Major Pentatonic Scale Theory

The 5 note Major Pentatonic Scale can be thought of as a traditional Major Scale with the 4th and 7th degrees omitted. The result is another extremely powerful, forgiving, highly usable and therefore much played series of box patterns. Ust the chart below to memorize and copy the formulas and spellings for a C Major Pentatonic Scale.

The Major Pentatonic Scale is best described as having a sweet, melodic and unusually pretty sound. Players associated with this sound include BB King, Robin Ford and the Allman Brothers.

Major Scale Note Names
Do
Re
Mi
Fa
Sol
La
Ti
Do
scale degrees
1
2
3
4
5
6
7
1
C Major Scale
C
D
E
F
G
A
B
C
C Major Pentatonic Scale
C
D
E
G
A
C

Ear Training

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The Big Picture

This lesson is certainly intended to get the sound of the Major Pentatonic Scale in your ears and the feel of the scale patterns in your fingers. Ultimately you want to be able to play all over the neck, freely changing between scale patterns while musically exploring the higher and lower notes in the scale, this is called developing range. Developing range is the only way to avoid ruts or becoming stuck in the one or two common knowledge fingering patterns that everyone knows. With the play along exercise located here, plan your work and work your plan.

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Root 6 And Root 5 Thinking

Our next step would be to listen to, learn and play the two ‘go to’ versions of the Major Pentatonic Scale;

  1. Root Note On String 6
  2. Root Note On String 5

Use the diagrams below to help you memorize the two most important ('first line of defense') fingering patterns for the Major Pentatonic Scale. Once again, these two 'first line of defense' fingering patterns for the C Major Pentatonic Scale below are in the same position as the most commonly used C Major Chords.

Five Positions Of C Major Pentatonic

Open Position...

We'll begin our ear training and visualization work in the Open Position, where we find a scale fingering pattern which may remind of the C Major Scale in the Open Position, the first scale presented in this course. As before, first listen to the accompanying recording, then practice until you can play in perfect unison with that sound file.

 
 

The C Major Pentatonic Scale in the 2nd Position is one of our 'first line of defense' presented above. Remember, these are ear training and visualization exercises designed to make your mind and fingers comfortable with the sound and shape and to make your ear and fingers capable of quickly and easily copying the accompanying sound files.

 

In position five the C Major Pentatonic Scale turns out to be a well-known and highly favored form of a box pattern. Don't let the similarities between this and any other fingering pattern or scale shape you may know distract you. Focus on the ear training and visualization aspect of your work with this scale in this key. For now, let's keep working and just remember that many things on the guitar can have more than one name.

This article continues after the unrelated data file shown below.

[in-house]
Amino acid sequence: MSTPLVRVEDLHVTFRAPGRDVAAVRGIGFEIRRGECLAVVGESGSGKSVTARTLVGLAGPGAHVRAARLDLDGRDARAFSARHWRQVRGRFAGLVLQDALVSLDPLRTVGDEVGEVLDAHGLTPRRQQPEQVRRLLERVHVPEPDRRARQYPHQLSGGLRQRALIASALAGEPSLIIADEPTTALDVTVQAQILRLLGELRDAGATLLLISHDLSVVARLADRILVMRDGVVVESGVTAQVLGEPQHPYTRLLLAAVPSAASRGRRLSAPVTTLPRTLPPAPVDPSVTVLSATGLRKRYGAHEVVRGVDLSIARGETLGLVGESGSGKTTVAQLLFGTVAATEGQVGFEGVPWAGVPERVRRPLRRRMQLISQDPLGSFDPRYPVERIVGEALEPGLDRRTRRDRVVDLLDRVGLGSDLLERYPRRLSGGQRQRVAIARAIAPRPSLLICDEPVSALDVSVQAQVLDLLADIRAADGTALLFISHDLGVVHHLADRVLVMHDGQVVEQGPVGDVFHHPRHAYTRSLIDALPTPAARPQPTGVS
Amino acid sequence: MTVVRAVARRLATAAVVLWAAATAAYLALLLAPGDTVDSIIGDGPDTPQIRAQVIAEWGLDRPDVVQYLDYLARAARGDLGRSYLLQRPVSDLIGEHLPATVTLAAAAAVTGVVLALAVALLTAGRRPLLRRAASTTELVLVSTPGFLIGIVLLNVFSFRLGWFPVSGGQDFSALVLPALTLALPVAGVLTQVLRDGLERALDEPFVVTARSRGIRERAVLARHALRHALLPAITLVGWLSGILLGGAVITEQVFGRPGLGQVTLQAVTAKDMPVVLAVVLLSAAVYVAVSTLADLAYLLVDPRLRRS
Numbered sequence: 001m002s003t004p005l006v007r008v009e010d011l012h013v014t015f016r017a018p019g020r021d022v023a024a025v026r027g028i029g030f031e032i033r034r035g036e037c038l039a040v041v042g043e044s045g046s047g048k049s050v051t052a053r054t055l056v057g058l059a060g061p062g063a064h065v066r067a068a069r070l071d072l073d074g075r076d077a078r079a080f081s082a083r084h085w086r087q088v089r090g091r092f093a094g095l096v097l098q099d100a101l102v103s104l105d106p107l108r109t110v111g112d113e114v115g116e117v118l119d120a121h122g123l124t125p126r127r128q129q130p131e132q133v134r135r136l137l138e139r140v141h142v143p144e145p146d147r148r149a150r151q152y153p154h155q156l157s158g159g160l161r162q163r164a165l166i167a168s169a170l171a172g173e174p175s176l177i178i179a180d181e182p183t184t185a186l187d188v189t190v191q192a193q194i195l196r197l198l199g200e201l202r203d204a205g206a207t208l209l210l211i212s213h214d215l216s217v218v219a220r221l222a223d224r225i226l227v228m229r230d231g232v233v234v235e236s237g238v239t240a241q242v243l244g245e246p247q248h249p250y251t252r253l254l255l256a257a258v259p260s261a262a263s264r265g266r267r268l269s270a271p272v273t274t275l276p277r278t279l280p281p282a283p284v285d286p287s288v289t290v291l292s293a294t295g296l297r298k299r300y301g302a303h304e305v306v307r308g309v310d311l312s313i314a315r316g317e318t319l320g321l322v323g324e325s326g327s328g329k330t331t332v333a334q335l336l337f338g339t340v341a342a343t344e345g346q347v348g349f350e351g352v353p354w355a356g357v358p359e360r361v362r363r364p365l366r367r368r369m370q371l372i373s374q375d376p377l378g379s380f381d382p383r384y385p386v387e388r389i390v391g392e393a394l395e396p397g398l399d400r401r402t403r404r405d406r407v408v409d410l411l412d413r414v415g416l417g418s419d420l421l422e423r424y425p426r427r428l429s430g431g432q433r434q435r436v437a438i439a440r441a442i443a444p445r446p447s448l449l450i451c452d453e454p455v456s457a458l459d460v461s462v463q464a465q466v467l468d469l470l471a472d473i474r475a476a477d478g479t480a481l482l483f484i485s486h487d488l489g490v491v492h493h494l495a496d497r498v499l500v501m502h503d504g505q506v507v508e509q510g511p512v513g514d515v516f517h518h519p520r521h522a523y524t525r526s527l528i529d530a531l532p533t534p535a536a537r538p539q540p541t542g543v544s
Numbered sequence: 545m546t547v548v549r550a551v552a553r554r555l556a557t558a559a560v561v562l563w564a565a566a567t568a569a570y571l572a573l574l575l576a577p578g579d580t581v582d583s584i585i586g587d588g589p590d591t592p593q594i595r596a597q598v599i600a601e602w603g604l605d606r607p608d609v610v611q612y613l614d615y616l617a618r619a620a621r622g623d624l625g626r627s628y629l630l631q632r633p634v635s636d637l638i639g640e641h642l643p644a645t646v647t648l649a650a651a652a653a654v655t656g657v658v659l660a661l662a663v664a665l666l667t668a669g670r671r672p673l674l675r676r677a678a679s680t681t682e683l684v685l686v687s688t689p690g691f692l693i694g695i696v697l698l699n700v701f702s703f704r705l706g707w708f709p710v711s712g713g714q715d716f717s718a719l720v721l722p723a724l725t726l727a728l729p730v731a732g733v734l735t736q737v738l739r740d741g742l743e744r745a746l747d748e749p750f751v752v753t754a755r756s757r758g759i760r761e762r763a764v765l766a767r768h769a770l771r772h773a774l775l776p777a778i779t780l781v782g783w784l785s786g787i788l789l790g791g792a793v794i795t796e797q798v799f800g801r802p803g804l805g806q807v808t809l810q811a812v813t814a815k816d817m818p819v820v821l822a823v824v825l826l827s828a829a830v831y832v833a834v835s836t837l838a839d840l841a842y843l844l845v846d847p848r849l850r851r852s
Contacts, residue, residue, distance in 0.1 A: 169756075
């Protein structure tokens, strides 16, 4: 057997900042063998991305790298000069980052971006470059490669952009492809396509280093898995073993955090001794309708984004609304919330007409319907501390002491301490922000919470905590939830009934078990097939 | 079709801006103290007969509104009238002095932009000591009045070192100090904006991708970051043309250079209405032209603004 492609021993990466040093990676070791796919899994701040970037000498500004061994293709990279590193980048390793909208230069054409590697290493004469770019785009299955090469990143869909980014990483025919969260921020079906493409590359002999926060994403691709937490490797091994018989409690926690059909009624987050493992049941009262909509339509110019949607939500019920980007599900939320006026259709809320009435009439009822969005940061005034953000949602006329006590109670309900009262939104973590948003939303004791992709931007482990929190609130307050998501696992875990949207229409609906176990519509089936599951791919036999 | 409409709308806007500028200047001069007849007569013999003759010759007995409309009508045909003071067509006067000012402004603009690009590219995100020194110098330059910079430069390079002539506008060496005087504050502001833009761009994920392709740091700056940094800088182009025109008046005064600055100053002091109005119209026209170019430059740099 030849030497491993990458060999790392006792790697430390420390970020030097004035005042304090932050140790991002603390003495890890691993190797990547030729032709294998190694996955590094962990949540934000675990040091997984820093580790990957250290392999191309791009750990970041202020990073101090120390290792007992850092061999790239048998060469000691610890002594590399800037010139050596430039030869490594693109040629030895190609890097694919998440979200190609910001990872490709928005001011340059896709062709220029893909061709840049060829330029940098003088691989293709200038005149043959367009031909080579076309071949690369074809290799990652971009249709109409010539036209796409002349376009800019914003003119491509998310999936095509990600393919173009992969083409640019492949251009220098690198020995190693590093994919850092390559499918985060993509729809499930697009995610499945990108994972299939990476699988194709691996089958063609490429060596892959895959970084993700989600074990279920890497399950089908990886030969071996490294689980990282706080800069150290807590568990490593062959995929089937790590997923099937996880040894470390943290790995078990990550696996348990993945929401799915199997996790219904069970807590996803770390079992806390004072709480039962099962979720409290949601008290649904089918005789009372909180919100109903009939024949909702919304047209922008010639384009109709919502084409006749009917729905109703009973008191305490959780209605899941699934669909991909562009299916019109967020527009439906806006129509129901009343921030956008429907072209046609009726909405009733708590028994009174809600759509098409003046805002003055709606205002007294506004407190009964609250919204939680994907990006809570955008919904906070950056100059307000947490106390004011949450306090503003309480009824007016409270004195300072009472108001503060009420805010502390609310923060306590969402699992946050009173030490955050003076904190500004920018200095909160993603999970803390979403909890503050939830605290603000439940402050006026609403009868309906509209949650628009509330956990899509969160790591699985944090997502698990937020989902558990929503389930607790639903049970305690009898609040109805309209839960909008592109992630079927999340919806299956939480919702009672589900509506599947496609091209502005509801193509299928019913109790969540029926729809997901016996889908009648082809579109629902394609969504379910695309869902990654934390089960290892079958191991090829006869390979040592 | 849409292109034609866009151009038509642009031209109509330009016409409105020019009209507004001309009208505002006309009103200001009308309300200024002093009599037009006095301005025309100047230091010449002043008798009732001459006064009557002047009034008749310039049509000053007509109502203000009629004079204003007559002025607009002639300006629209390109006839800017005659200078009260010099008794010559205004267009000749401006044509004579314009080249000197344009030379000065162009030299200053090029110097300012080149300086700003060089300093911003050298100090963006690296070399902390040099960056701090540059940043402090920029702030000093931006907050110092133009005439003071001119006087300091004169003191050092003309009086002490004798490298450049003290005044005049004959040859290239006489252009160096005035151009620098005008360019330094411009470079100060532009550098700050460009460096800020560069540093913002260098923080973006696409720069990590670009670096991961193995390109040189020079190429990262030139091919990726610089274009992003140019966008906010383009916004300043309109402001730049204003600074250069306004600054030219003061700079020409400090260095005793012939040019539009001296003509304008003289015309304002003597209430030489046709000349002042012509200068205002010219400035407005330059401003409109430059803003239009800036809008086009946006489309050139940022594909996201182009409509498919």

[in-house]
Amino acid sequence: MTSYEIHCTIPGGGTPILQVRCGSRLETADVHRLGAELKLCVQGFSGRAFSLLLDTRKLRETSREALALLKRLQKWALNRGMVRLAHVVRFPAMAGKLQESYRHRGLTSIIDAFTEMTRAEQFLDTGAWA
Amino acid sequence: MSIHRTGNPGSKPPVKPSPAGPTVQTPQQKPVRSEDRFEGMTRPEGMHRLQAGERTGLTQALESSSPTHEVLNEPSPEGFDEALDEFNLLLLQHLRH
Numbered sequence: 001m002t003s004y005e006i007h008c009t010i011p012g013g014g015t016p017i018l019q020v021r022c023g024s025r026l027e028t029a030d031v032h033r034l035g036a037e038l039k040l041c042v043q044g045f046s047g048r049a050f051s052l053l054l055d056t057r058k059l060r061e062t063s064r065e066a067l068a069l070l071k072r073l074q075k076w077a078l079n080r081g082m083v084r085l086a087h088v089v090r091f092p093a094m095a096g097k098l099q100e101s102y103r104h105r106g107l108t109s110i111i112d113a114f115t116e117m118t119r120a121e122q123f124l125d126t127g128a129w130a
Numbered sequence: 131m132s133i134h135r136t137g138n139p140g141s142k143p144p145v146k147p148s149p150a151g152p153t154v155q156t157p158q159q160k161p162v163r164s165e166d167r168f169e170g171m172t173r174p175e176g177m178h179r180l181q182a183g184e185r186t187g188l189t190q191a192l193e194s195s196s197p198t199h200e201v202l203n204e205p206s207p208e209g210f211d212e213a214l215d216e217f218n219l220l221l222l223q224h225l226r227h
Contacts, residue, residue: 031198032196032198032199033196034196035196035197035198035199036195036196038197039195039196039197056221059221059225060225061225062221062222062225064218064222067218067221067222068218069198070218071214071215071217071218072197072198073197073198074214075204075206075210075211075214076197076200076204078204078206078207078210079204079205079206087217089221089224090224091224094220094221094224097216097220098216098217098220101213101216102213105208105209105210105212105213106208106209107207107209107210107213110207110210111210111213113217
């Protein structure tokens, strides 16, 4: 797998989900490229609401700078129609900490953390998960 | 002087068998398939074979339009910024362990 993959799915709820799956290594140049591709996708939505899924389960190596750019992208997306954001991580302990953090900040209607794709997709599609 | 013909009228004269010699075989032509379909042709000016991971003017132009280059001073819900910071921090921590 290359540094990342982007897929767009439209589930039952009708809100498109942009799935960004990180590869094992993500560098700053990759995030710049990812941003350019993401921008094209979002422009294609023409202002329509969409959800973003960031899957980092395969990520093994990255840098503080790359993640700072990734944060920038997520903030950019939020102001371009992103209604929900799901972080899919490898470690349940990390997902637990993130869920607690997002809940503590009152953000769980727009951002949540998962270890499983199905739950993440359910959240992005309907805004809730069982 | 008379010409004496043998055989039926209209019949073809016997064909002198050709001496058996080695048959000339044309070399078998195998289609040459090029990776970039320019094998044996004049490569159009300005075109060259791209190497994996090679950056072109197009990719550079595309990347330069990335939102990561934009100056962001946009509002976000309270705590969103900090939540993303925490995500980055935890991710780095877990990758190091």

The C Major Pentatonic Scale in the 7th Position is also one of your 'first line of defense' fingering patterns presented above. The white numbers inside the scale patterns indicate the suggested fingering. The slight position shift indicated below will make the scale easy and comfortable as fingers one and three are your fastest and most powerful fingers.

 

Perhaps the least known and played of all the box patterns, this little guy can be an excellent transitional scale if your playing a solo or lick which covers a wide range. The C Major Pentatonic Scale in the 10th Position can be easily managed with a slight position shift as is shown by the white numbered fingering indications in the diagram. The C Root Note on String 6 is shown as a point of reference.

 

Another little known and seldom played box pattern, this version of the C Major Pentatonic Scale in the 12th Position is of particular interest because of where it falls, the 12 fret which is in the perfect range for lead guitar playing, not too low and just high enough. Additionally, you've spent a lot of time in this course, and hopefully in your other studies, learning to play in the Open Position. This Open Position playing experience makes playing in the 12th Position seem natural and logical.

Guided Practice......
Open this page to find additional play along and phrase training exercises.
Guided Practice......
Open this page to work with a beautiful and often overlooked variation of the Major Pentatonic Scale.
Conclusion......

The thing to remember about this aspect of the course is that these exercises are designed to be ear training and visualization exercises for the system of 5 interconnected Major Pentatonic Box Patterns. You should be very comfortable with:

  • Finding C Root Notes on the fifth and sixth strings and assigning Major Pentatonic Box Patterns to them.
  • The general sound quality and flavor of the Major Pentatonic Scale.